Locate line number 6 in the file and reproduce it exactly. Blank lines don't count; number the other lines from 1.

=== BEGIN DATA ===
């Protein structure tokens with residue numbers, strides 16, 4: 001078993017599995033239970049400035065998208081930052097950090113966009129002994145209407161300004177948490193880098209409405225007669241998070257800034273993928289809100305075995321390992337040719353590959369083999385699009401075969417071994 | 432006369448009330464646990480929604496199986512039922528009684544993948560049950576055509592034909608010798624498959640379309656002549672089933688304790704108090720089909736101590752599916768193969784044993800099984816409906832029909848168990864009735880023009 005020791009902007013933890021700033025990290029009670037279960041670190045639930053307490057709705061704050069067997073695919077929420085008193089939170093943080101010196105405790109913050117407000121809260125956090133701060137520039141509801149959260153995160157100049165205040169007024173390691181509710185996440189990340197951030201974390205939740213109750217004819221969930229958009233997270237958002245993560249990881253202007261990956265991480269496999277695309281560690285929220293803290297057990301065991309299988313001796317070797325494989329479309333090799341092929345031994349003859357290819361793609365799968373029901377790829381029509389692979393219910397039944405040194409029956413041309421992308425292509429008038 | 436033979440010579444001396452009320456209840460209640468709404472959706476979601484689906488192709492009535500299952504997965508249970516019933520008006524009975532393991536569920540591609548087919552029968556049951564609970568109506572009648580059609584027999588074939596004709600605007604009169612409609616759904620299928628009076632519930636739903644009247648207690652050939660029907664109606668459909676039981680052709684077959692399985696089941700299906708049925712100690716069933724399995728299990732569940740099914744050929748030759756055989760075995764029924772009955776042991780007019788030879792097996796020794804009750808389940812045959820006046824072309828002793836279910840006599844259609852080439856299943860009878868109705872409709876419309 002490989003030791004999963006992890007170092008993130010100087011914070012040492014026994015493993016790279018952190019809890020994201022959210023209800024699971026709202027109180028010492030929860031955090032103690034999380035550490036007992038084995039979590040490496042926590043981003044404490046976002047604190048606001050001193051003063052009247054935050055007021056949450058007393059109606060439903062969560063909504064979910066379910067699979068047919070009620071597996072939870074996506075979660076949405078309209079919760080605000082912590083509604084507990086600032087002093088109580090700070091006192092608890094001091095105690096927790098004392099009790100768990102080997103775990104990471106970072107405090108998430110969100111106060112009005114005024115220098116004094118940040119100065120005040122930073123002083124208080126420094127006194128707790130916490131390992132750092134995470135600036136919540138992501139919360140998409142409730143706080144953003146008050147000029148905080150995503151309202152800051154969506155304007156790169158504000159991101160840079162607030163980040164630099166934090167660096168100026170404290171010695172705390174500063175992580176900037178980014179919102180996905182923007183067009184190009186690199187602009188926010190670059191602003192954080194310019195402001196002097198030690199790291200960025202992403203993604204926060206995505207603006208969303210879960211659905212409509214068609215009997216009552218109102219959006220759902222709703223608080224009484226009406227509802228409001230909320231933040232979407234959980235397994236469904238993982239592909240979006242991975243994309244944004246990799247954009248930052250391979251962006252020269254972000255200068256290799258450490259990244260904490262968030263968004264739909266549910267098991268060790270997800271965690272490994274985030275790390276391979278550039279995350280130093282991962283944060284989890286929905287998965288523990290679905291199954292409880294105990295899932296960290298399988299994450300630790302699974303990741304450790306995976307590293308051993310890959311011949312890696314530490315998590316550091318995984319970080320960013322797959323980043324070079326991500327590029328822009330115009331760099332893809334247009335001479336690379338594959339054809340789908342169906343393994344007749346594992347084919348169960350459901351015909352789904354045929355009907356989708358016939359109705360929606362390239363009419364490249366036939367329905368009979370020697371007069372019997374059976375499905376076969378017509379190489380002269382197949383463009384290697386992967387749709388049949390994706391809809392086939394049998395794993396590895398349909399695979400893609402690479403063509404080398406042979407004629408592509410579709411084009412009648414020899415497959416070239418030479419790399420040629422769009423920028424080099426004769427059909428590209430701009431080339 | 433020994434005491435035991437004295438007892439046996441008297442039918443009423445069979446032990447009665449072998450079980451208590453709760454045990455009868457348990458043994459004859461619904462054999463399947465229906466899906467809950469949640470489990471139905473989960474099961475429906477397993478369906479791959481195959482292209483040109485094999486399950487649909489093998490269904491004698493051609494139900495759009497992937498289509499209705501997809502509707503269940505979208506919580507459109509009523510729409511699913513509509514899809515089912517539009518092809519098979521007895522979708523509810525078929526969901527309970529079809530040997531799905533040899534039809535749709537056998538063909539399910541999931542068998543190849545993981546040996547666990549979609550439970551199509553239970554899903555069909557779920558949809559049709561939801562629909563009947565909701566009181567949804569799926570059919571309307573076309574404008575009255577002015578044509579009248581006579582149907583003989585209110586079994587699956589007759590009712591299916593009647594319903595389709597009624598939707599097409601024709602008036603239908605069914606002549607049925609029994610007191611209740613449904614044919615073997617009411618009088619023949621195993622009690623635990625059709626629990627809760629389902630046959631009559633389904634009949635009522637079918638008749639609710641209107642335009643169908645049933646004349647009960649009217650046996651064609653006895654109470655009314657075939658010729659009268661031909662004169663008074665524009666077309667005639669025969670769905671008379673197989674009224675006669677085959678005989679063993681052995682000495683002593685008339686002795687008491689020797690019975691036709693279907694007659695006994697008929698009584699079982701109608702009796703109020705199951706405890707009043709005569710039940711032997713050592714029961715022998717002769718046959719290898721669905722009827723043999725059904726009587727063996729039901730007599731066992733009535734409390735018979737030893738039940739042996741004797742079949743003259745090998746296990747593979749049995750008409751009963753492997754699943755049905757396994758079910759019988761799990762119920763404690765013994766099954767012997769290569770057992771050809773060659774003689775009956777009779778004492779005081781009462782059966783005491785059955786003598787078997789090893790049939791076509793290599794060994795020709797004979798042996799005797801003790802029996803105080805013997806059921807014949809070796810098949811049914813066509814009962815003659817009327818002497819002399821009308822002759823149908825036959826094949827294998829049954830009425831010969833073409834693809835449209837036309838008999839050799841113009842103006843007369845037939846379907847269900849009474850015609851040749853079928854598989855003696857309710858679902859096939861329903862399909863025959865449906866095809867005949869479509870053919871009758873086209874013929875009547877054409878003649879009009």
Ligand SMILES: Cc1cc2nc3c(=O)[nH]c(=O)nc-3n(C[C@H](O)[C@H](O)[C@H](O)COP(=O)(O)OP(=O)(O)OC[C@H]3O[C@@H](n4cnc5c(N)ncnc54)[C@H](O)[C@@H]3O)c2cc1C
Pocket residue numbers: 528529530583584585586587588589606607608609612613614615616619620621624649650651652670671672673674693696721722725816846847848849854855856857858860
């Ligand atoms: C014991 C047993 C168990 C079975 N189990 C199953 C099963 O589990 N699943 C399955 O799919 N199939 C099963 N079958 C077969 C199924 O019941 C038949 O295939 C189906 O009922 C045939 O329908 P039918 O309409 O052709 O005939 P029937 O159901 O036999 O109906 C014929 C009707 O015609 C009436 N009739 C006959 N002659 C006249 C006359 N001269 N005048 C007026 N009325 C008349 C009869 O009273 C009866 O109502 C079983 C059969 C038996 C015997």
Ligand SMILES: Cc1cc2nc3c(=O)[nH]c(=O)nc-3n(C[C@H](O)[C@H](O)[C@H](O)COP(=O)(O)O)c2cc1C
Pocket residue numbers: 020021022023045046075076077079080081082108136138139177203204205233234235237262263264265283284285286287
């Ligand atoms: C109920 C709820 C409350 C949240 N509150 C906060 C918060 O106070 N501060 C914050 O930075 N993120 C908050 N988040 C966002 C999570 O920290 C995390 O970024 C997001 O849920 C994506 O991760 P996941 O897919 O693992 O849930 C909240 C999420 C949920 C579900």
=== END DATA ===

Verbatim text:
Pocket residue numbers: 020021022023045046075076077079080081082108136138139177203204205233234235237262263264265283284285286287